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Tremaine v. Goodwill Industries, Inc.

United States District Court, D. Nebraska

January 27, 2017

ROSS F. TREMAINE, Plaintiff,
GOODWILL INDUSTRIES, INC., a Nebraska nonprofit corporation; Defendant.



         This matter is before the Court on the Motion to Dismiss, ECF No. 6, filed by Defendant Goodwill Industries, Inc. (“Defendant”) pursuant to Federal Rule of Civil Procedure 12(b)(6). For the reasons stated below, the Motion will be granted, and the Plaintiff's Third Claim for Relief, asserting a violation of the Nebraska Fair Employment Practices Act, Neb. Rev. Stat. §48-1101 et seq. (“NFEPA”), will be dismissed.


         For purposes of the pending Motion, the facts alleged in the Plaintiff's First Amended Complaint, ECF 5, (“Comp.”), are presumed to be true. The following is a summary of those facts.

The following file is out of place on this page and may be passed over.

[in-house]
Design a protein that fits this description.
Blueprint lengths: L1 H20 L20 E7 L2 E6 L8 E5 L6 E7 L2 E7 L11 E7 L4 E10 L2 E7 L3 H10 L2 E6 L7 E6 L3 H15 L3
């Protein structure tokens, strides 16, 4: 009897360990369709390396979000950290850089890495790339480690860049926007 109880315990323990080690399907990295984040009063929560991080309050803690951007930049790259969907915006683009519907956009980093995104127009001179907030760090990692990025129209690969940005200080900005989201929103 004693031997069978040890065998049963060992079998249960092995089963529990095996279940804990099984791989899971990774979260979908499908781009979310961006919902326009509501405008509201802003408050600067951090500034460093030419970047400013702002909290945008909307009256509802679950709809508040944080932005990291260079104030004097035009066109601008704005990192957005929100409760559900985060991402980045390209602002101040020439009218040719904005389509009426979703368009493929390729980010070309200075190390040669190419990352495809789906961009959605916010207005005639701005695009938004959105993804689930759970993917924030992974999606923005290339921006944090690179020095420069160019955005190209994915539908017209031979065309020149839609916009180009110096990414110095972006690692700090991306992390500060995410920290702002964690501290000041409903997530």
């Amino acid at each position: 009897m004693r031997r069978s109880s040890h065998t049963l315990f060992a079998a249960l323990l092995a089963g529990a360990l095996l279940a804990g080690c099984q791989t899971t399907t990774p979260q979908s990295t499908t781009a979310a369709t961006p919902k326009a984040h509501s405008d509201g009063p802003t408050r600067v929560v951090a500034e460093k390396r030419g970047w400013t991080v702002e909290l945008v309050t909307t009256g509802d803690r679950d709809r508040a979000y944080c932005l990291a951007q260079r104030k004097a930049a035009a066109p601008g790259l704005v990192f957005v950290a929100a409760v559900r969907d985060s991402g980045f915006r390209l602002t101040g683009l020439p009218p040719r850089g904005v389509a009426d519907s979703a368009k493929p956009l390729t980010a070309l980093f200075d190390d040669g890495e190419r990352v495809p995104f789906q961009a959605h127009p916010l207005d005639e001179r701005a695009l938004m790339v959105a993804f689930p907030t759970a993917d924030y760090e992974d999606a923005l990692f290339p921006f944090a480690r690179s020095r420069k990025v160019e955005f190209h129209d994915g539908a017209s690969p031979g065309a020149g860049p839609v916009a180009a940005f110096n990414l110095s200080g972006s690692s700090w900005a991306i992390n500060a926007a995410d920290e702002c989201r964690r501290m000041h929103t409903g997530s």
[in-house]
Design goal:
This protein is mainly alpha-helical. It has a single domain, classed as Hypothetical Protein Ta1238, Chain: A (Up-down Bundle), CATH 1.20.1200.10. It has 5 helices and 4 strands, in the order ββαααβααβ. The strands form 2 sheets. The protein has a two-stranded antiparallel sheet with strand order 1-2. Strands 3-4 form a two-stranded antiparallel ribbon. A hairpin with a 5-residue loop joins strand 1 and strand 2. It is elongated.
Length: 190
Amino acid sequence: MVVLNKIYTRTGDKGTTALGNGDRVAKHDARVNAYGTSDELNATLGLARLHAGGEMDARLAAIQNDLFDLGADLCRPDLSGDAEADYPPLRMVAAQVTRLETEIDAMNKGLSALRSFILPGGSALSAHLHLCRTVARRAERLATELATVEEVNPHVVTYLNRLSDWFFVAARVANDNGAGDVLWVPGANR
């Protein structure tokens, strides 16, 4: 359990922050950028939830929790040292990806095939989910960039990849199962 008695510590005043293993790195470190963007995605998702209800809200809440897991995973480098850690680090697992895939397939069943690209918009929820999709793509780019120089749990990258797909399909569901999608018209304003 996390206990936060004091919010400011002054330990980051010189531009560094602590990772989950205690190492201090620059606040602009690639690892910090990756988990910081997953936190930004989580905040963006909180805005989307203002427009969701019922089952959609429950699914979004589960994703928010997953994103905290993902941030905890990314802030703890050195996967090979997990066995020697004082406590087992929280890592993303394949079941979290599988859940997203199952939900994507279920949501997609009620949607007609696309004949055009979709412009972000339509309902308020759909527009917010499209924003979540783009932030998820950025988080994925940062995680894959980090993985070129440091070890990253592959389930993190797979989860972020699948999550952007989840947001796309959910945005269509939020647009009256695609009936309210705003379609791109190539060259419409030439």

Defendant employed Plaintiff Ross F. Tremaine (“Tremaine”) as a Facilities Manager beginning on October 15, 2011, and eventually promoted him to Facilities Director. Comp. ¶ 1, ECF No. 5, Page ID 21. Defendant terminated Tremaine's employment on July 10, 2015, and Tremaine filed this lawsuit alleging age and sex discrimination in violation of state and federal law as well as retaliation for opposing an unlawful practice or act in violation of the NFEPA, at Neb. Rev. Stat § 48-1114(3). Comp. ¶ 49, ECF No. 5, Page ID 35. Defendant now moves to dismiss Tremaine's NFEPA claim pursuant to Fed.R.Civ.P. 12(b)(6) for failure to state a claim upon which relief can be granted. ECF No. 6.